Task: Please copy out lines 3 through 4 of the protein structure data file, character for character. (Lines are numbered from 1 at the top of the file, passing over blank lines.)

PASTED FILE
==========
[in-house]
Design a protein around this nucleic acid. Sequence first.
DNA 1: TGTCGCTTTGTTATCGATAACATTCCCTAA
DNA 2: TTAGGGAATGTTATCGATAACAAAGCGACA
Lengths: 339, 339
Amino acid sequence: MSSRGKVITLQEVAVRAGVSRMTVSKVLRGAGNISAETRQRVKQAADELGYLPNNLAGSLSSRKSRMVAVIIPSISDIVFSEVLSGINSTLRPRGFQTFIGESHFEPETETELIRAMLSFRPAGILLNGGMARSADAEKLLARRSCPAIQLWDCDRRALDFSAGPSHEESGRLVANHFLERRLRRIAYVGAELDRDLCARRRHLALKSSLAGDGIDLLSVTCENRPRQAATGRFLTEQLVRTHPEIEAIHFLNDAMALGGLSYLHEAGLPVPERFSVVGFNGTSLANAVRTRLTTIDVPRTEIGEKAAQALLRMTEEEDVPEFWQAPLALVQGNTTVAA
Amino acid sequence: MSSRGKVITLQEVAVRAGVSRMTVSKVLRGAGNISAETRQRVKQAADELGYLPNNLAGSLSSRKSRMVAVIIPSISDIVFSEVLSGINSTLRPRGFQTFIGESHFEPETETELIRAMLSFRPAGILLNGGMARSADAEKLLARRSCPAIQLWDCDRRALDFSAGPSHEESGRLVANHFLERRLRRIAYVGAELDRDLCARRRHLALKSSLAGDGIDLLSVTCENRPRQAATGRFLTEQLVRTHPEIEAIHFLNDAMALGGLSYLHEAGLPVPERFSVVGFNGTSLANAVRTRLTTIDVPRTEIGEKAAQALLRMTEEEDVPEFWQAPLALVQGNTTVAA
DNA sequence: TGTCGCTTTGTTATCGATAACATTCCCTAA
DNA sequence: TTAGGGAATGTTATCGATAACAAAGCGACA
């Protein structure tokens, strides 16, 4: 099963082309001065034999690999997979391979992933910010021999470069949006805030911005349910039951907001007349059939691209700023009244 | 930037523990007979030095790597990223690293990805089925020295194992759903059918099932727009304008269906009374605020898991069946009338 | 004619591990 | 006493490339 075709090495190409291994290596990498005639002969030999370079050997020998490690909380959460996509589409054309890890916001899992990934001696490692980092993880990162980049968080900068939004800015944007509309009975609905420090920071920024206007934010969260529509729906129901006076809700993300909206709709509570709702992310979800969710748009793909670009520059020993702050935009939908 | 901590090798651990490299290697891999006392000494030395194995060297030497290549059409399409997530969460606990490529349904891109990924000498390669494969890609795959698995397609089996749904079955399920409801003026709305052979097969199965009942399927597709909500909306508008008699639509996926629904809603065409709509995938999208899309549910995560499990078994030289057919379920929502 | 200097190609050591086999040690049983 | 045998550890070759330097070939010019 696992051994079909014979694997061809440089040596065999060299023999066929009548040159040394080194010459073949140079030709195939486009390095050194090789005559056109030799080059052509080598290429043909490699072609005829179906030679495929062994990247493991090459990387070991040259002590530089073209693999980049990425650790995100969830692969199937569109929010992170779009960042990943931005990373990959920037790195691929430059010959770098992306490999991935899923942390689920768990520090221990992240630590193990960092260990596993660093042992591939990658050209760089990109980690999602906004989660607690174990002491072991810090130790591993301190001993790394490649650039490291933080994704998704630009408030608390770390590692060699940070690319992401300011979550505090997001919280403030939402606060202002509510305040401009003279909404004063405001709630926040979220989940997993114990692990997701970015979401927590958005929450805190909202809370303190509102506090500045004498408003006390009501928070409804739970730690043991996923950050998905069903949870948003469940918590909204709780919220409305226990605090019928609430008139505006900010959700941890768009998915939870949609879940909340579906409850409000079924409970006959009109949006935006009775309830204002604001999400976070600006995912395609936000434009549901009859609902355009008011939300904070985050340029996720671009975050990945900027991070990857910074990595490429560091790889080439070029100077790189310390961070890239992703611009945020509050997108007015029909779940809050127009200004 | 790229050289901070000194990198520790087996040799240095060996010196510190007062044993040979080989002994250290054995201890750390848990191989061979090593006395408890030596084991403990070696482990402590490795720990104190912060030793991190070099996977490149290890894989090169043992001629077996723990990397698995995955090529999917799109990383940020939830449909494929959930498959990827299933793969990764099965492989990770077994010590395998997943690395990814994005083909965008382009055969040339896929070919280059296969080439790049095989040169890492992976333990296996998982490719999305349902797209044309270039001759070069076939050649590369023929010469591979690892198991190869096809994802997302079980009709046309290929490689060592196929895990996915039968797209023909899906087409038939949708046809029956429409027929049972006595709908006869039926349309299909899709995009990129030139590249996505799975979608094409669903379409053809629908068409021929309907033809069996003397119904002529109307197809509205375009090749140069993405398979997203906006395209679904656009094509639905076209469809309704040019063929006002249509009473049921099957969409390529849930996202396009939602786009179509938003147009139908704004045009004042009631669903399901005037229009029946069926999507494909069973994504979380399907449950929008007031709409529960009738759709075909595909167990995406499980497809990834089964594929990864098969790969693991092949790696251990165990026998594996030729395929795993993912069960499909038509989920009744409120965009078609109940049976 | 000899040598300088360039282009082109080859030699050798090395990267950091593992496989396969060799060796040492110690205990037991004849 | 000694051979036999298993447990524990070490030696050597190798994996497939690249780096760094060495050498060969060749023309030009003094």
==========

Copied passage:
DNA 1: TGTCGCTTTGTTATCGATAACATTCCCTAA
DNA 2: TTAGGGAATGTTATCGATAACAAAGCGACA